ISLAMABAD: The power shortfall on Monday peaked to a record high of over 9,000 megawatts (MW), leading to prolonged power outages in the country. The situation exposing claims of the Pakistan Muslim League-Nawaz government to bring a massive turnaround in power fortunes.
Former prime minister Shahid Khaqan Abbasi had claimed on May 30, one day ahead of his tenure end that the government had added 11,461MW power from new resources to the system. He had also claimed that electricity demand in June would stand at 22,538MW against the total expected generation of 22,178MW, registering a shortfall of 362MW.
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During a press conference, caretaker Energy Minister Ali Zafar also claimed that the average shortfall was 2,000 MW and added that power shortfalls are a result of dropping water inflows in the rivers. He also said that power situation would improve in the coming days.
However, according to available figures, power demand on Monday stood at 25,044 MW against supply of 15,766 MW registering a record shortfall of 9,278 MW that had led to extended power outages across the country.
The shortfall had resulted in 2 to 17 hours of load shedding nationwide with consumers of Sindh, Balochistan and Khyber-Pakhtunkhwa(K-P) being the most affected by the increasing electricity deficit as they face a fresh series of load shedding.
The power demand of Islamabad Electric Supply Company (Iesco) was 2,565 MW against a supply of 1,506 MW to meet the demand of its consumers while the Lahore Electric Supply Company (Lesco) was receiving 3,635 MW against demand of 5,270 MW.
The demand of Multan Electric Power Company (Mepco) was 3,769 MW while the supply was only 2,302 MW. Similarly, the demand estimates of Qesco in Balochistan stood at 1,715 MW against supply of 798 MW. Pesco and Hesco were also facing shortfalls of 1,308 MW and 325 MW, respectively.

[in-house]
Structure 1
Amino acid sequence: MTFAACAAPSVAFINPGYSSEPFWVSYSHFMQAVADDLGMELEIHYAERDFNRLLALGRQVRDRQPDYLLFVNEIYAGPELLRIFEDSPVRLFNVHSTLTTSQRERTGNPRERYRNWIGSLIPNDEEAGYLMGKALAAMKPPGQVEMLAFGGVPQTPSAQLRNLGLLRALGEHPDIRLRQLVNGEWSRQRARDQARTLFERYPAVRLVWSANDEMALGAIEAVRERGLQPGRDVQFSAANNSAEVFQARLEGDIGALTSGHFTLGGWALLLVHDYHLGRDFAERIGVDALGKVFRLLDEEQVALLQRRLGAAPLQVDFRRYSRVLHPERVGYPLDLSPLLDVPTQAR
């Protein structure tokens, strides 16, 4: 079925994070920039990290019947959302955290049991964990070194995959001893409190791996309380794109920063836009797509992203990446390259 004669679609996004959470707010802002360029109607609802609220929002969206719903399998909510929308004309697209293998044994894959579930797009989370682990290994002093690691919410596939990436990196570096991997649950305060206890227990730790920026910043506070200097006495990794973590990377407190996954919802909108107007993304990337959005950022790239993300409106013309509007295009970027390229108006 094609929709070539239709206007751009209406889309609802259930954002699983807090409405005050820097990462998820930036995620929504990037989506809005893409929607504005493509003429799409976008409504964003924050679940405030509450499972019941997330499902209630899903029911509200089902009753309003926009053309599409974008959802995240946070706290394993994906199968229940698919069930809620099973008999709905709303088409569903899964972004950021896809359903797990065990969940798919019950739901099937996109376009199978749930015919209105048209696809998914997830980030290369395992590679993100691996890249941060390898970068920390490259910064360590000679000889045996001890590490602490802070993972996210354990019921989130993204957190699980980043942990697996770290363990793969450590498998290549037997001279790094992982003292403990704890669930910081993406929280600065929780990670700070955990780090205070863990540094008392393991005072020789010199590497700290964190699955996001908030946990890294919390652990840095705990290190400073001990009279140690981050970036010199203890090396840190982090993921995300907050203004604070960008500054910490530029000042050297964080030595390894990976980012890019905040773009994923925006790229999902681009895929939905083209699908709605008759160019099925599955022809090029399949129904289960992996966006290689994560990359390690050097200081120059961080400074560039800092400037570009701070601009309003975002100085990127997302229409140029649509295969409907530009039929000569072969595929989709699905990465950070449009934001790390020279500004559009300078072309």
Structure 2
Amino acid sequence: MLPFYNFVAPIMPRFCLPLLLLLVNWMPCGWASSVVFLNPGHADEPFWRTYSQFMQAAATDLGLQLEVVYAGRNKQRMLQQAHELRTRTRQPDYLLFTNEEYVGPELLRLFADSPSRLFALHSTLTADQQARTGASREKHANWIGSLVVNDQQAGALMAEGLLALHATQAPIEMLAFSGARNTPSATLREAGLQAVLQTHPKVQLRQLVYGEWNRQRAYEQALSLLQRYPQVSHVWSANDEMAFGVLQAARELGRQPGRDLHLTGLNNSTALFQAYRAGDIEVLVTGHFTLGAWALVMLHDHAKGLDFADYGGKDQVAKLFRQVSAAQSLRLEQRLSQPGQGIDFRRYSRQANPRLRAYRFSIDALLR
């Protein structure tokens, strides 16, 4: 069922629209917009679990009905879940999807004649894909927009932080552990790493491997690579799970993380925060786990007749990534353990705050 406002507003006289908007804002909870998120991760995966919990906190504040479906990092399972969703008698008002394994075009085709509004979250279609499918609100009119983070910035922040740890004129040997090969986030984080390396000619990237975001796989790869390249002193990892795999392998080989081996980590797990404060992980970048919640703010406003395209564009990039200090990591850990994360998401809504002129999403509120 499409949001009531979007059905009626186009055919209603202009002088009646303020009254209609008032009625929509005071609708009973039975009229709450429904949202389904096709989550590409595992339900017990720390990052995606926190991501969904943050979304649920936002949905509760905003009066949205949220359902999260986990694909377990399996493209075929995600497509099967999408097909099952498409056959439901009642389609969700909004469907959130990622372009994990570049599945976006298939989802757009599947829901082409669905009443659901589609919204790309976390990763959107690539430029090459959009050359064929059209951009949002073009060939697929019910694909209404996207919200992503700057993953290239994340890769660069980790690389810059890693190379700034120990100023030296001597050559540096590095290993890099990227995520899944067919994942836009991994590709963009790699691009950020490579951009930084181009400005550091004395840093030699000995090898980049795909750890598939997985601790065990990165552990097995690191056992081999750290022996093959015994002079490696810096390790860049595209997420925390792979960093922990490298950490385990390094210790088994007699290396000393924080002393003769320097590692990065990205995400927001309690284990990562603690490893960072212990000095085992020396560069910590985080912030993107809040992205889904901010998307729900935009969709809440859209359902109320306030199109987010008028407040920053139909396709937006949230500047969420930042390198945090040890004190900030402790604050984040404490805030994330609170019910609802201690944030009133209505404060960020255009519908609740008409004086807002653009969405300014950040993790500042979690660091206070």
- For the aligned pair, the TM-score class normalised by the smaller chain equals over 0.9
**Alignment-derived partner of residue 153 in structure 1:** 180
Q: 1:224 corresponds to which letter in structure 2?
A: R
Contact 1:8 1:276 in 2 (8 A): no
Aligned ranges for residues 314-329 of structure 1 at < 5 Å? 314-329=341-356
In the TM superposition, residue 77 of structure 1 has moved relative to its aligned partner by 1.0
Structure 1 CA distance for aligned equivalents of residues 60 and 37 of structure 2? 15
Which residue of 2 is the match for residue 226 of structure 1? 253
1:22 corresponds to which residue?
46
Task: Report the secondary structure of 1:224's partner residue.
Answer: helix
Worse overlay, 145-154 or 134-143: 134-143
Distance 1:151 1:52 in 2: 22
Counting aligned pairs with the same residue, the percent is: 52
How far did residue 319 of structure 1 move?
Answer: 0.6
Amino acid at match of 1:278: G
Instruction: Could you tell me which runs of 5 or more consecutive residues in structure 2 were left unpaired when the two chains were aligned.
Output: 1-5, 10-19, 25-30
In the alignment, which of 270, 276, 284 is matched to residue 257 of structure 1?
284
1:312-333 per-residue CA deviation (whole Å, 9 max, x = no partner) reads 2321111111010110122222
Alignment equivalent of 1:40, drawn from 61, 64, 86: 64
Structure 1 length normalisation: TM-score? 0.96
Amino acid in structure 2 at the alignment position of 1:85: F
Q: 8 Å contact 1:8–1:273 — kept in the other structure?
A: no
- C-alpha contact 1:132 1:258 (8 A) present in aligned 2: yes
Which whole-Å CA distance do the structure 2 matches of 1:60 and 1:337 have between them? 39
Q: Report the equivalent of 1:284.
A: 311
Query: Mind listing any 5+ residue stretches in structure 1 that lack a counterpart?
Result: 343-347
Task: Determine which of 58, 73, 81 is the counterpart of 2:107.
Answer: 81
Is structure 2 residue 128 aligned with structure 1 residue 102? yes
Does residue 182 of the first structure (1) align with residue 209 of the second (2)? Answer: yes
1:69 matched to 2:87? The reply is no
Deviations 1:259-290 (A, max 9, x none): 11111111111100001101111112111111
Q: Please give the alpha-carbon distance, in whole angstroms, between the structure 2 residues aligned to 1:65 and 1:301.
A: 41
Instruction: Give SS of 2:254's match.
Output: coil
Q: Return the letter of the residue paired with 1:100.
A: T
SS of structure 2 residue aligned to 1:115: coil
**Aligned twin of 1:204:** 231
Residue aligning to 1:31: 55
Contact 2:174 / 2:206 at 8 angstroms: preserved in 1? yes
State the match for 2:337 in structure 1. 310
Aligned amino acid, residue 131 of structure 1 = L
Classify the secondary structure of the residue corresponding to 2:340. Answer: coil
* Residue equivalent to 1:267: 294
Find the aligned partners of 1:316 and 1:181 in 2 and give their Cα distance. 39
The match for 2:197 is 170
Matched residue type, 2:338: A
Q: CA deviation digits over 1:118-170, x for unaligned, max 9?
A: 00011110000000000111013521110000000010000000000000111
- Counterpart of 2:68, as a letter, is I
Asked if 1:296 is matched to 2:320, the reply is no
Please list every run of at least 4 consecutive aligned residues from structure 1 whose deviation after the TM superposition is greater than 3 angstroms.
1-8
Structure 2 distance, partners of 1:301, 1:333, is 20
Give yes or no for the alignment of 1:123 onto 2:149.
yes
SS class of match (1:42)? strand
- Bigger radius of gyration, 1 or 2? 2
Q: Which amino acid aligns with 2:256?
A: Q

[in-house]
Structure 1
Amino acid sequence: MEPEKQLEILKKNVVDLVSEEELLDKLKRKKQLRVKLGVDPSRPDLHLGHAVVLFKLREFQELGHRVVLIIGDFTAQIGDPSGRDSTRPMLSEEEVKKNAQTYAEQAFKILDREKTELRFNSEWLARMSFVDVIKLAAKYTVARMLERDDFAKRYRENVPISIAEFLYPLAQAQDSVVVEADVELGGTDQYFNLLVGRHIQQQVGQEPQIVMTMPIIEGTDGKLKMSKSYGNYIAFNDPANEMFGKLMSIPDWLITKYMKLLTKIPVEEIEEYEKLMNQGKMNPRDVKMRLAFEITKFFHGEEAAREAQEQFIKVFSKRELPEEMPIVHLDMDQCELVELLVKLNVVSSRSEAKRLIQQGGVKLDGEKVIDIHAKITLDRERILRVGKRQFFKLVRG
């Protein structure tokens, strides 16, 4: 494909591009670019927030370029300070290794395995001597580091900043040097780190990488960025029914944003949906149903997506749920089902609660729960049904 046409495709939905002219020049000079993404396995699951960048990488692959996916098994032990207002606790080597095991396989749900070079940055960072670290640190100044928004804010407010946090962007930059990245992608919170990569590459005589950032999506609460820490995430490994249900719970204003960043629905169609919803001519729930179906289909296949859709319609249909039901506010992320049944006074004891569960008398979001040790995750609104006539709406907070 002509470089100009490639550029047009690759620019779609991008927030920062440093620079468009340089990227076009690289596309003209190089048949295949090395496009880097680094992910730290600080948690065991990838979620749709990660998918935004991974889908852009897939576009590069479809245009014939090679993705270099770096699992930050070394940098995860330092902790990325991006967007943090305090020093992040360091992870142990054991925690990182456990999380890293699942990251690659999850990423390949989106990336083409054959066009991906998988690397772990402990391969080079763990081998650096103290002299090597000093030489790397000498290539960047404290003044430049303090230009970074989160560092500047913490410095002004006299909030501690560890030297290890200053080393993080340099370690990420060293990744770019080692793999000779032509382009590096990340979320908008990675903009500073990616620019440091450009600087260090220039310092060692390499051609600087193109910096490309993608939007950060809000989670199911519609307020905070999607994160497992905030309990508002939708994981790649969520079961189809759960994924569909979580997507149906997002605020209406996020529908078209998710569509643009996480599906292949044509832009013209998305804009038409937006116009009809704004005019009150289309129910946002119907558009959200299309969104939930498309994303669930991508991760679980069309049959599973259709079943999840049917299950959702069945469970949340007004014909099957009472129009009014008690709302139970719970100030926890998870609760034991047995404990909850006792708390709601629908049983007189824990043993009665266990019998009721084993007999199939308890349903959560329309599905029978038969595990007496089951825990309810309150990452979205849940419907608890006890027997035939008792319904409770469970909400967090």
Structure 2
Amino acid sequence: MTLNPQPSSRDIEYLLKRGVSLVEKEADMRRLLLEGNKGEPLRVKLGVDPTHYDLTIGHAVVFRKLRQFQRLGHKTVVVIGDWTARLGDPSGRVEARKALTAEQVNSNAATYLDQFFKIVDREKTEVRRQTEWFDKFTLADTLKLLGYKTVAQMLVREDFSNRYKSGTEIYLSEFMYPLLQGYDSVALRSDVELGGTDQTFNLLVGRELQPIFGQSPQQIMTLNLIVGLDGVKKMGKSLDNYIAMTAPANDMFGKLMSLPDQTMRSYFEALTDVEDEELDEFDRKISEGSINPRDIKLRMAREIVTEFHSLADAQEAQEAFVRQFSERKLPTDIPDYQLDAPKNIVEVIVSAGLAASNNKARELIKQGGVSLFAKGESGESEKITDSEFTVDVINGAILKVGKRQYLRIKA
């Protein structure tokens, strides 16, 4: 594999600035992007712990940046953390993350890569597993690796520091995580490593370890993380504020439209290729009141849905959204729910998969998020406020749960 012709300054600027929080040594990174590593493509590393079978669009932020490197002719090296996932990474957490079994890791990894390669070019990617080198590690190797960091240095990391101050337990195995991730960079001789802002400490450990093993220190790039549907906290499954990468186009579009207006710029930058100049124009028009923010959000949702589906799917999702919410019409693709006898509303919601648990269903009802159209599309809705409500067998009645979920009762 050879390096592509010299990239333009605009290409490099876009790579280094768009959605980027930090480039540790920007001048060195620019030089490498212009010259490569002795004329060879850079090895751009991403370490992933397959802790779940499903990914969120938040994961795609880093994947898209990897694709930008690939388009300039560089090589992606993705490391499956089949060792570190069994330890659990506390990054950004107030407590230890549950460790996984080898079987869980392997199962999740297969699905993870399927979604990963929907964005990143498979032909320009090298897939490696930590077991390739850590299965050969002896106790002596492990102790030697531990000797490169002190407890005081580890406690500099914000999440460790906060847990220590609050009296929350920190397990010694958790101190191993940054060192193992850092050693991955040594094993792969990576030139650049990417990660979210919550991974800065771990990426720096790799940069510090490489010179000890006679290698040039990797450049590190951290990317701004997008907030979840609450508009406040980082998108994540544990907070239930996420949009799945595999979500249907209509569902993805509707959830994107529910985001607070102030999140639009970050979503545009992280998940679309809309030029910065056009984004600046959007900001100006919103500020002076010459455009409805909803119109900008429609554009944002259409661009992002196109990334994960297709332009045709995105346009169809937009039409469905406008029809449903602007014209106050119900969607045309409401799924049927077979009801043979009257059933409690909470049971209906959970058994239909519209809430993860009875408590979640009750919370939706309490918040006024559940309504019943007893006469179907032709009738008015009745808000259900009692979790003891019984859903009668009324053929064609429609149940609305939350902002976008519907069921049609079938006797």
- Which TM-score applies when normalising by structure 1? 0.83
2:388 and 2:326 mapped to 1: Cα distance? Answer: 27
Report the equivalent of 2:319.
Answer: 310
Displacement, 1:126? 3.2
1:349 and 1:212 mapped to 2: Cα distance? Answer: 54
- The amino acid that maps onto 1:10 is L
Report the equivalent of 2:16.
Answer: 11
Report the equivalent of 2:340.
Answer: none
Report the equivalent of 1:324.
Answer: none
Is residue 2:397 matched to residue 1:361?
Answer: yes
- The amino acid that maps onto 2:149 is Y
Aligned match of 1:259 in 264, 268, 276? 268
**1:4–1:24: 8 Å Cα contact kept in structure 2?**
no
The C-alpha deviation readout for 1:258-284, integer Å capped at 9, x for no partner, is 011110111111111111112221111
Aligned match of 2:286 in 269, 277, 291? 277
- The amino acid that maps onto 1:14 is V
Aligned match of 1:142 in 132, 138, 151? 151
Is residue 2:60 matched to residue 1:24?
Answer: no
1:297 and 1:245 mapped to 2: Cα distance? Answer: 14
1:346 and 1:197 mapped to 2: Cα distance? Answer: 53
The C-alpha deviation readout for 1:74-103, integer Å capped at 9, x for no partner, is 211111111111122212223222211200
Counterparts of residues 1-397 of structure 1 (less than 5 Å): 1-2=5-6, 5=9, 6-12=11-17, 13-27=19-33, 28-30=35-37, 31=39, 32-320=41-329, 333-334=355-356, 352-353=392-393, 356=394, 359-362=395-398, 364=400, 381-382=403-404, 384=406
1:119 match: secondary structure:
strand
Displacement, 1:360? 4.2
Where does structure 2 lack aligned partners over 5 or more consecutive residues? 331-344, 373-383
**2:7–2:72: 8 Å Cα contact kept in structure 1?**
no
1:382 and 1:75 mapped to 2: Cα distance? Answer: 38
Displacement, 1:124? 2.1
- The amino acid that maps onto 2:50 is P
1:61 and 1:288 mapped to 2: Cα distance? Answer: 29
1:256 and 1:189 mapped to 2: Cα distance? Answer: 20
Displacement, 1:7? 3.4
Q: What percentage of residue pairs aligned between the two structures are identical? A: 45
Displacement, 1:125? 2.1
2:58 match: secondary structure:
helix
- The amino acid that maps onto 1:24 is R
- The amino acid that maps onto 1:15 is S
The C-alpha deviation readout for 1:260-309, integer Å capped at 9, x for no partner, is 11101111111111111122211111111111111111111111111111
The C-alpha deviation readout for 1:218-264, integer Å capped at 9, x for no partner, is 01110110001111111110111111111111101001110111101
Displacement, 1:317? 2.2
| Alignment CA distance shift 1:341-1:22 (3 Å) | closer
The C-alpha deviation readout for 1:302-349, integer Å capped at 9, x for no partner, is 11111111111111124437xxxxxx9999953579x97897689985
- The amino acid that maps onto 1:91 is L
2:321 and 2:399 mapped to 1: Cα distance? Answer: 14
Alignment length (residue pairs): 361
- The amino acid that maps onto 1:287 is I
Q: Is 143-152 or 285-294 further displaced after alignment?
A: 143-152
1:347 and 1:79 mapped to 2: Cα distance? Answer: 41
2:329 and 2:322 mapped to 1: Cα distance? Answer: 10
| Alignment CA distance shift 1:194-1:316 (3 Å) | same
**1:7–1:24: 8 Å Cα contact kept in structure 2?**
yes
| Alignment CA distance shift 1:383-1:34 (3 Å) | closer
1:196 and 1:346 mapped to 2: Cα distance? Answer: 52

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The PML-N government had also left office with receivables from power defaulters amounting to a massive Rs851 billion. According to audited figures, receivables from power defaulters stood at Rs729.8 billion in June 2017, which jumped to Rs851 billion by the end of April this year, weighing on the power sector.
In the Economic Coordination Committee (ECC) meeting held earlier in May, PML-N’s economic managers had acknowledged that financial position of the power sector was at a critical level because of a host of reasons. These included unsatisfactory performance in terms of regulatory benchmarks for loss reduction and improvement in recovery, unavailability of subsidy, delay in detailed tariff determination, which had now been notified, but its effect would start emerging in the next few months.
The ECC was also informed that higher energy sales due to a significant increase in the generation base, also contributed to the circular debt build-up.
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